Ecology. 2022 Nov 22:e3926. doi: 10.1002/ecy.3926. Online ahead of print.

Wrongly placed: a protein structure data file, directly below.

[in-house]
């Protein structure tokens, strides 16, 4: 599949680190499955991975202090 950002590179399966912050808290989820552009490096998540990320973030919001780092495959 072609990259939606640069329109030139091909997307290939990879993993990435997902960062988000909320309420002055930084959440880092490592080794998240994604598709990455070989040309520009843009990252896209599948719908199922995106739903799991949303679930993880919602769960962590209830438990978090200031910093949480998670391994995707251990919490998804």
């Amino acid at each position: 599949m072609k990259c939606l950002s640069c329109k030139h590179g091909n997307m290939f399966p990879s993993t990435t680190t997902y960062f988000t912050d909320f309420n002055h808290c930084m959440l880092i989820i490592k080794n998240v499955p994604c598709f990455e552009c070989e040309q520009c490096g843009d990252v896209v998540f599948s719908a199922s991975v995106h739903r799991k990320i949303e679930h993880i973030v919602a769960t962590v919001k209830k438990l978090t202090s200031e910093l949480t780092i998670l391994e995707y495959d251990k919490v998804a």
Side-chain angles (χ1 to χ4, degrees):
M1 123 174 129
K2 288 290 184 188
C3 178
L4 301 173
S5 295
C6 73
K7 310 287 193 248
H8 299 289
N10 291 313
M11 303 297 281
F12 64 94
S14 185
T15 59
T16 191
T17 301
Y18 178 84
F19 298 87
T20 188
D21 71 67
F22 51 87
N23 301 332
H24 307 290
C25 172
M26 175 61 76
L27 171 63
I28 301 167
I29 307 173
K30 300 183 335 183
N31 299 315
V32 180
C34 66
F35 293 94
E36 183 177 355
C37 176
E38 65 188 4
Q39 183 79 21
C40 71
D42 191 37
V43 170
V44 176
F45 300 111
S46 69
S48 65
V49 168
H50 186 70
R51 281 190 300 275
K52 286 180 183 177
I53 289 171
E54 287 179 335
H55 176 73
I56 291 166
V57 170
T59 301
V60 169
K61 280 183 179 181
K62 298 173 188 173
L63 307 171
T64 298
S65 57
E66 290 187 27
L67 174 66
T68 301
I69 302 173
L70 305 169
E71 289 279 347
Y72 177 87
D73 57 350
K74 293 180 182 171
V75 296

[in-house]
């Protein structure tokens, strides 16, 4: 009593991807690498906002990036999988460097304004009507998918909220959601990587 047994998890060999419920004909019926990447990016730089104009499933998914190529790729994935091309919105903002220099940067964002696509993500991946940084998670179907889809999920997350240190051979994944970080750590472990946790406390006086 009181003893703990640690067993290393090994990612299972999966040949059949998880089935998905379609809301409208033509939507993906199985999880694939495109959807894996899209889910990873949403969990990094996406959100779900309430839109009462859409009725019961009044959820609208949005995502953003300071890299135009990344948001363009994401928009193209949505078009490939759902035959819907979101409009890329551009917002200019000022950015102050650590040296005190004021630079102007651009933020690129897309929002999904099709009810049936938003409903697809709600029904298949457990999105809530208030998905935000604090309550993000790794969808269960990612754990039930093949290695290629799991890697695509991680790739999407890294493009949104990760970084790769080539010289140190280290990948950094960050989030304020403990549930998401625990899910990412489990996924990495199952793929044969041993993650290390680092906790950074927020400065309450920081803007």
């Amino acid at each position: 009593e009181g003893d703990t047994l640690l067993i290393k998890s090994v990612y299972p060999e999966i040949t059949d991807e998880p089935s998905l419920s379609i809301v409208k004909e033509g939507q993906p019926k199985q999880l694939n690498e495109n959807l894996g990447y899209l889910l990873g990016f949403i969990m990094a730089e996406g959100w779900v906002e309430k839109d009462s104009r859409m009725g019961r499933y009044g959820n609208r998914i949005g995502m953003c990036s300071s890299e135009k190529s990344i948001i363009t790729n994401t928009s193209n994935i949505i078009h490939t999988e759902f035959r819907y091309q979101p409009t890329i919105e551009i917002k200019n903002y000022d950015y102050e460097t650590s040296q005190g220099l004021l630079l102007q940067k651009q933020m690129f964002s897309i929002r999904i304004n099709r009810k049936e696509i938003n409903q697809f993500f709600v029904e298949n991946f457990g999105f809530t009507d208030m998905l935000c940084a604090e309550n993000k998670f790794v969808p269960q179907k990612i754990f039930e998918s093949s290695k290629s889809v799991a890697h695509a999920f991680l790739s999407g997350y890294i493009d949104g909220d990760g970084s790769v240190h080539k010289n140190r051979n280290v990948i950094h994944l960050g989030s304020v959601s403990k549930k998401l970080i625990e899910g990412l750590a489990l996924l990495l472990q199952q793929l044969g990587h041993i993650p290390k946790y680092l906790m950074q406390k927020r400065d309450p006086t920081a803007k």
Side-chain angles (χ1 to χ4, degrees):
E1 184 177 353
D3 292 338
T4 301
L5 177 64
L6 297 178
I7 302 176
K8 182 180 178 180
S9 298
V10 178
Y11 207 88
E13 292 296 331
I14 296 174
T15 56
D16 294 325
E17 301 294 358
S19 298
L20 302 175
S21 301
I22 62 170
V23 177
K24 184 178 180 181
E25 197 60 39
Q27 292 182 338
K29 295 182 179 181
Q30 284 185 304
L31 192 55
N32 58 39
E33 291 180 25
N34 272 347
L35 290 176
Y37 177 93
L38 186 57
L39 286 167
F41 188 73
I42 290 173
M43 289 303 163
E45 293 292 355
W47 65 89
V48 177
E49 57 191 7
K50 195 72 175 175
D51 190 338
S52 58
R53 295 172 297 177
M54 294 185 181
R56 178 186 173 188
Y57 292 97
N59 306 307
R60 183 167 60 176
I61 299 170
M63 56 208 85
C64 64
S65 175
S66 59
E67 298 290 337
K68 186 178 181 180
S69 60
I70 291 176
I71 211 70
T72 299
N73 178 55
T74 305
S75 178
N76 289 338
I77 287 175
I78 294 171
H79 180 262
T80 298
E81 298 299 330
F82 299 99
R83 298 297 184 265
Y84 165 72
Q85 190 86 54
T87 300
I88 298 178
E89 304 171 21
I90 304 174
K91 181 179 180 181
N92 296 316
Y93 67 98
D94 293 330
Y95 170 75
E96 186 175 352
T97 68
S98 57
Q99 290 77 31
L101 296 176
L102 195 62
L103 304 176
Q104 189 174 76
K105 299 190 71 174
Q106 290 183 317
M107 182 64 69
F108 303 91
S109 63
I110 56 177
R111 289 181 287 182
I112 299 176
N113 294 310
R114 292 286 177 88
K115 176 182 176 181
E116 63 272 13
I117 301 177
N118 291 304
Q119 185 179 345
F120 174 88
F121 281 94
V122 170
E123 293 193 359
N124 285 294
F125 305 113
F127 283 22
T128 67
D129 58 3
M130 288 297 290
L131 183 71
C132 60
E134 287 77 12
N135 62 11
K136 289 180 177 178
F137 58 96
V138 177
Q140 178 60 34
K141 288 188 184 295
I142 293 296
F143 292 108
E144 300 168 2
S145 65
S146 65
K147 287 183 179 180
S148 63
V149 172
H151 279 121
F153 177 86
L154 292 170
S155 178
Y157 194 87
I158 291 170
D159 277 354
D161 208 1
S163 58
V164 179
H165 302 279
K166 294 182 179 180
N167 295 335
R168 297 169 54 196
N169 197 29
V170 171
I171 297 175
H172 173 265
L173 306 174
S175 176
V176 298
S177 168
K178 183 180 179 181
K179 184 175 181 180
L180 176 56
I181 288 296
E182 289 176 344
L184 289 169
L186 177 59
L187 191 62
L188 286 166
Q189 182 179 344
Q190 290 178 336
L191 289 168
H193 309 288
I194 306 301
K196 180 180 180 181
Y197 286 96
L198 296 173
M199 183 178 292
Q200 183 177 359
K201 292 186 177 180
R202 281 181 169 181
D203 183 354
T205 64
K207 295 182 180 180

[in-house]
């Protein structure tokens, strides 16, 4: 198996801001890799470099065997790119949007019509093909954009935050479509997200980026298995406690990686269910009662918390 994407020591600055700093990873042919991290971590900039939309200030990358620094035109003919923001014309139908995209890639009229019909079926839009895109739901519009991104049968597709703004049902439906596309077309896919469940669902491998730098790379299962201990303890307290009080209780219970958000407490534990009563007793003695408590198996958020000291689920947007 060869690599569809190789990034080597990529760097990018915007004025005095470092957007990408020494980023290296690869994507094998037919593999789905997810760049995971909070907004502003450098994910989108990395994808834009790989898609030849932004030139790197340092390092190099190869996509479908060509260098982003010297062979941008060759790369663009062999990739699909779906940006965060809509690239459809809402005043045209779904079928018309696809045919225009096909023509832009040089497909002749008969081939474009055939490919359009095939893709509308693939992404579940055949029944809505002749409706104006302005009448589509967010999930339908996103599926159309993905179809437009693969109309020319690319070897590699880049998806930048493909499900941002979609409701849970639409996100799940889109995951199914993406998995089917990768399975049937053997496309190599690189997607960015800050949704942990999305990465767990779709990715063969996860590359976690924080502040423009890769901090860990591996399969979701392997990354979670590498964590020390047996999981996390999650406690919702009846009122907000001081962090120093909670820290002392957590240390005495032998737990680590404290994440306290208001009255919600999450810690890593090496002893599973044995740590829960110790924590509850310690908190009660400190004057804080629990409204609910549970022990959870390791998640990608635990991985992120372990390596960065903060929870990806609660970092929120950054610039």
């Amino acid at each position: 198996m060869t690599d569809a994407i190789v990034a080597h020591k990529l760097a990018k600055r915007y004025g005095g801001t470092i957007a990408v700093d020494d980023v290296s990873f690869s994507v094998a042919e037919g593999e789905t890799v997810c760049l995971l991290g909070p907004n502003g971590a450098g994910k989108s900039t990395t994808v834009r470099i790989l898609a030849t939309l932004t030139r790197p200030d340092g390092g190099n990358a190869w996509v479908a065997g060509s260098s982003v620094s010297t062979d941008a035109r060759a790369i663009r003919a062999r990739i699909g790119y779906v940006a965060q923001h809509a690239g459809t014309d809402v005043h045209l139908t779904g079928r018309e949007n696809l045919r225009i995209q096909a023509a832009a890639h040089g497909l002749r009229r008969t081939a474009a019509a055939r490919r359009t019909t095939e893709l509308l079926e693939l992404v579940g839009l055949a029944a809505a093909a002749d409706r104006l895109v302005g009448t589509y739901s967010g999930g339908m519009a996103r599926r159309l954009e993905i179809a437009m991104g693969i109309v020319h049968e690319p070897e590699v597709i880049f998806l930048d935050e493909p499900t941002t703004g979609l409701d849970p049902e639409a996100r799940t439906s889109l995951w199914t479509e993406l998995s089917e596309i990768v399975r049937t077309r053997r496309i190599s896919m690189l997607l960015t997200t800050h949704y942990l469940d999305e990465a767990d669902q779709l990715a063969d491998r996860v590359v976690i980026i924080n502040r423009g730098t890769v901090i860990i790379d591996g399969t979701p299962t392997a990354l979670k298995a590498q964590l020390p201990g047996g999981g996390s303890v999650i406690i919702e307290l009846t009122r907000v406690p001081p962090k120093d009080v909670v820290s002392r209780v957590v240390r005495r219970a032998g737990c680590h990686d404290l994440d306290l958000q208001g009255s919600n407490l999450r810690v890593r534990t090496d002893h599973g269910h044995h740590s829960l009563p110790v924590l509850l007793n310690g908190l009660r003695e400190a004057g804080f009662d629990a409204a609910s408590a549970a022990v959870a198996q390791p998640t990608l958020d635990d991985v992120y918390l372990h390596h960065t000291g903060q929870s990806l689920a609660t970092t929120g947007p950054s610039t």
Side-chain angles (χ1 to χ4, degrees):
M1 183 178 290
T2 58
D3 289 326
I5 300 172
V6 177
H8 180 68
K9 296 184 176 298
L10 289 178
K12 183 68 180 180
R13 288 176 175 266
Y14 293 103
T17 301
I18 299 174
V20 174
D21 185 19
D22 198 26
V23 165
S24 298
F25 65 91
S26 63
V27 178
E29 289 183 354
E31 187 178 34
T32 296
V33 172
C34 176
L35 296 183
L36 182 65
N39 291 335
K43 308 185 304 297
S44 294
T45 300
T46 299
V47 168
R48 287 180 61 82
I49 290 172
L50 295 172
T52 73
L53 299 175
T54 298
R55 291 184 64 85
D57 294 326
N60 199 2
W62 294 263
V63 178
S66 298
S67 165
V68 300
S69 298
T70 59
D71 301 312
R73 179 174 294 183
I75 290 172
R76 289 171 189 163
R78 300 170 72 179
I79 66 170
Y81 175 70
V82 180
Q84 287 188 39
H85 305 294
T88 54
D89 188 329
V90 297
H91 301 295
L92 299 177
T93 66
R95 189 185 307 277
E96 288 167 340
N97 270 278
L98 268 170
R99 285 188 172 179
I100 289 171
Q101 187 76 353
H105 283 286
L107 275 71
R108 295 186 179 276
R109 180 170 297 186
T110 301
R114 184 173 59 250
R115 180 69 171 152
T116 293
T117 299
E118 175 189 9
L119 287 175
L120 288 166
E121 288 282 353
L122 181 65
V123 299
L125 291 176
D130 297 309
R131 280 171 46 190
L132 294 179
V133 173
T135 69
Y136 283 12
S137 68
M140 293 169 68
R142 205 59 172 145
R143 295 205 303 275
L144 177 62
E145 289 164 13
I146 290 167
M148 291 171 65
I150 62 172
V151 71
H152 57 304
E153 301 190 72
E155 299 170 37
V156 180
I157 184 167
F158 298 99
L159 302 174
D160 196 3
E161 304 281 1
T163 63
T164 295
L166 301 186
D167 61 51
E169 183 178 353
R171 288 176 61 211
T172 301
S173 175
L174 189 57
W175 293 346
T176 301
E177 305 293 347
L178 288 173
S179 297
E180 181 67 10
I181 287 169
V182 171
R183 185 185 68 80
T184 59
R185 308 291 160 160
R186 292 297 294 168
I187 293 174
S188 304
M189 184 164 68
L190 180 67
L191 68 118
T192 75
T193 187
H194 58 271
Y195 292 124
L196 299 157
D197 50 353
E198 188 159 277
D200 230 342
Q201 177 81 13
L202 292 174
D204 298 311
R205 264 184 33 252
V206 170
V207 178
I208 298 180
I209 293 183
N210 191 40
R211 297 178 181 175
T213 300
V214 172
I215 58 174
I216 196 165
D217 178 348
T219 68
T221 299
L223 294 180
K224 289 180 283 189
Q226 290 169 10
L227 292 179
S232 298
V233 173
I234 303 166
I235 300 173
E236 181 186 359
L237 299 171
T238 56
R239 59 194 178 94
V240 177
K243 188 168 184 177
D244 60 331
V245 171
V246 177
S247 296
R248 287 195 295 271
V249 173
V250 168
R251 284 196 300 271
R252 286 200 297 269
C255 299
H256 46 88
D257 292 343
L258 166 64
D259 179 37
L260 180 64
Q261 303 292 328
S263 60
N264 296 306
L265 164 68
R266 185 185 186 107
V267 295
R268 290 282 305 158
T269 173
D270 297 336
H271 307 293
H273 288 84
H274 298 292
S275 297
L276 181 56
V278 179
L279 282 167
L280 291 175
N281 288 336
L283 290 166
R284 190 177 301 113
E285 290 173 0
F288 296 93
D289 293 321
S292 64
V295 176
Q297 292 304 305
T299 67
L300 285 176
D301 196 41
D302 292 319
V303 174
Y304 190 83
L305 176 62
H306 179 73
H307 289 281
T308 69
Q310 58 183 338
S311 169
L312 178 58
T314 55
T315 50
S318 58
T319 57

Alterations in global climate via extreme precipitation will have broadscale implications on ecosystem functioning. The increased frequency for drought coupled with heavy, episodic rainfall will likely generate impacts to biotic and abiotic processes across aquatic and terrestrial ecosystems. Despite demonstrated shifts in global precipitation, less is known about how extreme precipitation interacts with biophysical factors at controlling future demographic processes, especially those sensitive to climate extremes such as organismal recruitment and survival. We utilized a field-based precipitation manipulation experiment in 0.1 ha forest canopy openings to test future climate scenarios characterized by extreme precipitation on temperate tree seedling survival. The effect of planting seedbed (undisturbed leaf litter/organic material versus scarified, exposed mineral soils), seedling ontogeny, species, and functional traits were examined against four statistically defined precipitation scenarios. Results indicate seedlings grown within precipitation treatments characterized by heavy, episodic rainfall preceded by prolonged drying responding similarly to drought treatments lacking episodic inputs. Moreover, among all treatment conditions tested, scarified seedbeds most strongly affected seedling survivorship (odds ratio 6.9). Compared to any precipitation treatment, the effect size (predicted probabilities) of seedbed was over twice as important at controlling seedling survivorship. Yet, the interaction between precipitation and seedbed resulted in a 27.9% improvement in survivorship for moisture sensitive species. Seedling sensitivity to moisture was variable among species, most closely linked to functional traits like seed mass. For instance, under dry moisture regimes, survivorship increased linearly with seed mass (log transformed; adjusted R2 = 0.72, p < 0.001), although no relationship was apparent under wet moisture regimes. Although precipitation influenced survival, extreme rainfall events were not enough to offset moisture deficits nor provide a rescue effect under droughty conditions. The relationships reported here highlight the importance of plant seedbed and species (e.g., functional traits) as edaphic and biotic controls that modify the influence of extreme future precipitation on seedling survival in temperate forests. Ultimately, we demonstrate the biophysical factors most influential to early forest development that may override the negative effects of increasingly variable precipitation. This work contributes to refinements of species distribution models and can inform reforestation strategies intended to maintain biodiversity and ecosystem function under increasing climate extremes.